'Never seen anything like it' - town's sigh of relief after flooding scare
- Credit: Victoria Pertusa
A town is breathing a sigh of relief after homes and businesses escaped largely unscathed from the worst flooding seen for decades.
People in Thetford were left fearing the worst on Boxing Day evening as hundreds in the area were told to flee their homes following heavy rainfall.
With the River Thet said to have burst its banks for the first time in 50 years, and water levels on the Little Ouse River rising rapidly, the same message was given to dozens of families in Brandon and Hockwold.
Flood warnings remained in place on Sunday, and there was a feeling of shock in Thetford as locals surveyed the aftermath of recent downpours.
At one stage, the famous Captain Mainwaring statue off Bridge Street was up to its knees in water, while Butten Island remained completely cut off on Sunday afternoon.
Some pedestrians and cyclists attempted to wade into the murky depths, while intrepid kayakers demonstrated the town's drastic transformation.
Jane James was left cursing her luck after receiving evacuation alerts for her home, on Primrose Close, and her business, Not Just Books, on Riverside Walk.
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Both emerged without major incident but, with the help of friends, the town and district councillor has moved all her stock upstairs for peace of mind.
"The alert for the shop came out first, so we cleared near the window and I thought I might sleep a bit easier," said Mrs James. "Then at 7.30pm the warning for home came out, so that became a bit of a sleepless night.
"We packed bags ready just in case we had to evacuate, but in the end we didn't and all is well. The river has risen considerably, so we thought we'd come down to the shop again today and move everything up.
"There's a silver lining as it's been great for burning off Christmas calories but, now we've gone into Tier 4 and can't open, we could really do without it.
"It's been a while since I've seen Thetford flooded like this. We've seen the river rise, but not to this extent.
"We can only be prepared and do our best to help out others."
Barry and Maryska Sumner, who live on Nightingale Way, moved to Thetford just 15 months ago and were staggered on Sunday to see the flooding's aftermath.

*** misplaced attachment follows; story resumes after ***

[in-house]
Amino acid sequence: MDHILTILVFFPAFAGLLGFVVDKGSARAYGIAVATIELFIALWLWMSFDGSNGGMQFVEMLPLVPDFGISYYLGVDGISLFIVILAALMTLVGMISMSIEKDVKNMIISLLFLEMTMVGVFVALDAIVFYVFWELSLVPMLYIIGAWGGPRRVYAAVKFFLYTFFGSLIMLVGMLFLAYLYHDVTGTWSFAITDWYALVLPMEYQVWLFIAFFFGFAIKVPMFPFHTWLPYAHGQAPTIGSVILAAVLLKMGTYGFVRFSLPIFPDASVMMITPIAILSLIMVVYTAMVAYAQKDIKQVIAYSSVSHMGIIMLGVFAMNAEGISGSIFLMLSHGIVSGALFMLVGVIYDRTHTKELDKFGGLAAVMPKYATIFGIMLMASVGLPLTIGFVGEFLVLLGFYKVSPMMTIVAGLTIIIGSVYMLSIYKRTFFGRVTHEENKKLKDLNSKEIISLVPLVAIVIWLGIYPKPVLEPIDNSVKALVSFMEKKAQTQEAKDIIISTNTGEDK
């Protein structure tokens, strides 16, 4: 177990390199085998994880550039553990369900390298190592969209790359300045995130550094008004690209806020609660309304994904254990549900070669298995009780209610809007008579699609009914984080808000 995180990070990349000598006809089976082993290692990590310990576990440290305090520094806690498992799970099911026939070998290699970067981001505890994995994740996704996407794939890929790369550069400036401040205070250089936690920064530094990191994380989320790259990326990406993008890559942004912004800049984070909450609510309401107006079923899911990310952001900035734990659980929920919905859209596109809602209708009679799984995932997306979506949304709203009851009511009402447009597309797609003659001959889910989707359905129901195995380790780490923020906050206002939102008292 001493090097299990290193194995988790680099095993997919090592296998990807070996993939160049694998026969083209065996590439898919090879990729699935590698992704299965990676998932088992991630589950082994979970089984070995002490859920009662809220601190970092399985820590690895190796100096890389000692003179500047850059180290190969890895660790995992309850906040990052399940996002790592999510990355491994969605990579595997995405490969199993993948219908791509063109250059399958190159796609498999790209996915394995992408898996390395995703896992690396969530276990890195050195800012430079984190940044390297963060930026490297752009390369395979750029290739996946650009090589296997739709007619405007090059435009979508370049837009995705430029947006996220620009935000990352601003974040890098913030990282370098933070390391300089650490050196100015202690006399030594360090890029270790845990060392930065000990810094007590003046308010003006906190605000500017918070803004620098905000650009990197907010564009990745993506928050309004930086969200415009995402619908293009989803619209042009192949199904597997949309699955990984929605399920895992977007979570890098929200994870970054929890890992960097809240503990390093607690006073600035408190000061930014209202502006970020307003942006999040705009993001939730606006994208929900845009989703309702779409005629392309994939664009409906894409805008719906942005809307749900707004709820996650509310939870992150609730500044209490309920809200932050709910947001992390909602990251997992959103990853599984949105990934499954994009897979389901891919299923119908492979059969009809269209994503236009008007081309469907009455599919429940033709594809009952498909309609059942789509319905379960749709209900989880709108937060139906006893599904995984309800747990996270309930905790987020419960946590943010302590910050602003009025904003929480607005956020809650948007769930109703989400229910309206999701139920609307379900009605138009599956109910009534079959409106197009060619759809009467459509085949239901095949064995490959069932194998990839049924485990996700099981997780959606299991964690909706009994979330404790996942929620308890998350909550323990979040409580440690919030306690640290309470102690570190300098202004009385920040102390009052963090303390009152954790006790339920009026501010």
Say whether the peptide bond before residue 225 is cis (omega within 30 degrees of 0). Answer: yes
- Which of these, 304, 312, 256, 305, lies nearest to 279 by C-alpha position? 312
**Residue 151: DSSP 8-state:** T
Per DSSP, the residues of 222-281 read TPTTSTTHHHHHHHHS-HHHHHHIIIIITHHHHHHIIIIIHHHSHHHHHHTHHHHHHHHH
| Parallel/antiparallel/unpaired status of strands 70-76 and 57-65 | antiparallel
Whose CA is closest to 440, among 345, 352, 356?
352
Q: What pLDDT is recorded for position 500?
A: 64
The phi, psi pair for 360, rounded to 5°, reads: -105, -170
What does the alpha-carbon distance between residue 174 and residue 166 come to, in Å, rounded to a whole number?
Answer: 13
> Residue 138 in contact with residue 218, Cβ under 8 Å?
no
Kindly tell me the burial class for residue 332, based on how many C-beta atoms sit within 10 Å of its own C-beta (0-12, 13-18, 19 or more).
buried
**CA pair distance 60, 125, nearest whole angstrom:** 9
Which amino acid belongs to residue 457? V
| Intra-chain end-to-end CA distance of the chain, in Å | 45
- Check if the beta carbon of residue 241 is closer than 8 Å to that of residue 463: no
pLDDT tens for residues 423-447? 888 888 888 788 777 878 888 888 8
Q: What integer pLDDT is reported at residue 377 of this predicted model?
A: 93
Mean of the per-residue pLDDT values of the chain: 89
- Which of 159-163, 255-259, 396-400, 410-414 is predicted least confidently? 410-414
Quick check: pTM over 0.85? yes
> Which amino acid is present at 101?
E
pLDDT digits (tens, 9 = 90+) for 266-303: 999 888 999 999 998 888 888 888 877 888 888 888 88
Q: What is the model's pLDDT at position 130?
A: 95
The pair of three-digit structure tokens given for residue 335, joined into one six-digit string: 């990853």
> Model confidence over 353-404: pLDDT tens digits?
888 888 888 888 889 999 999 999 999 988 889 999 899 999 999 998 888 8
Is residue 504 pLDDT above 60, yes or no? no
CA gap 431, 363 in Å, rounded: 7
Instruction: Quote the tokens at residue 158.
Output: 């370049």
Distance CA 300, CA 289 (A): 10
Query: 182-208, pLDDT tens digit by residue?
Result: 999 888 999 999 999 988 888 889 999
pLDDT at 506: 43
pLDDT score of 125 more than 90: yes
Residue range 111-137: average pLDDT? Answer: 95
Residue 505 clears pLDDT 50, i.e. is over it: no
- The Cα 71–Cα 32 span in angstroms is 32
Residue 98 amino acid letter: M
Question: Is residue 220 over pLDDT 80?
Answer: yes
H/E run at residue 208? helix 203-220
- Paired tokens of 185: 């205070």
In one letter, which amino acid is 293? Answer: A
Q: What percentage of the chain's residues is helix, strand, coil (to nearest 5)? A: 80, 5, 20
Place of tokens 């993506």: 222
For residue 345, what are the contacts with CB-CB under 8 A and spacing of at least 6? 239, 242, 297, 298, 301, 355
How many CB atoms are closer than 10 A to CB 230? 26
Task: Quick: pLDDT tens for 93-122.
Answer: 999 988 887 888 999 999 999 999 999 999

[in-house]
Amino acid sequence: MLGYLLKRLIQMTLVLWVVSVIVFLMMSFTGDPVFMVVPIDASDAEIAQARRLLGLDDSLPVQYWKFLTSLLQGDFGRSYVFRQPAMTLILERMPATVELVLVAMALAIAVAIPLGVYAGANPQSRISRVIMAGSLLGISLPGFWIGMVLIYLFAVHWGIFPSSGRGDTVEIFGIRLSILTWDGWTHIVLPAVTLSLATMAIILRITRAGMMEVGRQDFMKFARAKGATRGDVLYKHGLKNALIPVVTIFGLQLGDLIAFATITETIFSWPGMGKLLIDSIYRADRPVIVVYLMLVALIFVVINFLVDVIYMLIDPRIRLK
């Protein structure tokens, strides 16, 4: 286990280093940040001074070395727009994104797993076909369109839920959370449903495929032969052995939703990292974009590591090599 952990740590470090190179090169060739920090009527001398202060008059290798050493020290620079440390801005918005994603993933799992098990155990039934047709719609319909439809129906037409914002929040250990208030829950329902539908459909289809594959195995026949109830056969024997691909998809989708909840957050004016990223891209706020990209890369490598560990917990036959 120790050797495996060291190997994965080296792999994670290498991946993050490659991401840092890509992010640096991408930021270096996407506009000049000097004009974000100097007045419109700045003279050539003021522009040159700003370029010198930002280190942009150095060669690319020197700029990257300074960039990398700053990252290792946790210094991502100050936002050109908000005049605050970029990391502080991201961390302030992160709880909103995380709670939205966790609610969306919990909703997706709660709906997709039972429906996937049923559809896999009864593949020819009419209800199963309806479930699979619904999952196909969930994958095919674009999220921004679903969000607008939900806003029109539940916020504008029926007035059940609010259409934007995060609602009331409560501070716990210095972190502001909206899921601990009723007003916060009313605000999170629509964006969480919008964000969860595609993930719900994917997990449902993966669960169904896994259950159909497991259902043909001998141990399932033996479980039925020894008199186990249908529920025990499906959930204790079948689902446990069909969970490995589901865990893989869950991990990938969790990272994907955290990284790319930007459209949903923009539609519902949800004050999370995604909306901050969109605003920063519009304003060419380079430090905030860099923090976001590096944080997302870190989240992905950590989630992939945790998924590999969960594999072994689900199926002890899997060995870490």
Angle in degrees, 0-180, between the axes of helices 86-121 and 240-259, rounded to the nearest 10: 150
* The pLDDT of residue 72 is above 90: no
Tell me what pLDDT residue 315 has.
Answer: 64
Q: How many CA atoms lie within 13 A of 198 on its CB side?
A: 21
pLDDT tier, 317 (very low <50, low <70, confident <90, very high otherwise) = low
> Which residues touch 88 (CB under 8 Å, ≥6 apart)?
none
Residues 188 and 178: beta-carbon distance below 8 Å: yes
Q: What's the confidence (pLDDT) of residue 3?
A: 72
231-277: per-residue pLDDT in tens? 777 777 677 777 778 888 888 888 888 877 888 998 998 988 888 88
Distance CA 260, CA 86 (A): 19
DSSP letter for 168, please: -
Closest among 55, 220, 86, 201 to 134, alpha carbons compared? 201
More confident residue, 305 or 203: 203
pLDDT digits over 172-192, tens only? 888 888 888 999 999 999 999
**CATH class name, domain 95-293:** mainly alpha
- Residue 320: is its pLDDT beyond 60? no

They admitted they have "never seen anything like it" in the flesh.
"It's incredible," said Mr Sumner. "We're just feeling sorry for the people who live close to the worst of it.
"Where we live there's a field behind us and we can see all the water running down."
Mrs Sumner added: "How awful, with it being Christmas, to have to deal with this on top. Nobody needs it.
"We came out for a walk on Boxing Day and we were blocked off in various areas. If anything, the water is higher today in some places."
As he and his wife inspected the fallout off Mill Lane, Colin Thompson said: "I've lived in Thetford for 17 years and have never seen it like this before.
"My wife, who's local, remembers it being like once or twice when she was a child, but certainly not recently.
"She said I would need my wellies this morning, but I didn't realise I'd need an aqualung as well."
In Brandon, the water level on the Little Ouse River was extremely high, with homes and businesses on High Street, Riverside Way and Teal Walk most at risk of flooding.
Flood water had not quite breached rear gardens on Riverside Way, but the adjacent Little Ouse Path was impassable in the direction of Thetford.
While largely grateful to have avoided more serious ramifications, households were busily making preparations for even more flooding.
According to warnings from the Environment Agency, further rainfall on Sunday into Monday (December 28) means river levels are expected to remain high.
The agency is expected to continue issuing advice to residents on their best course of action.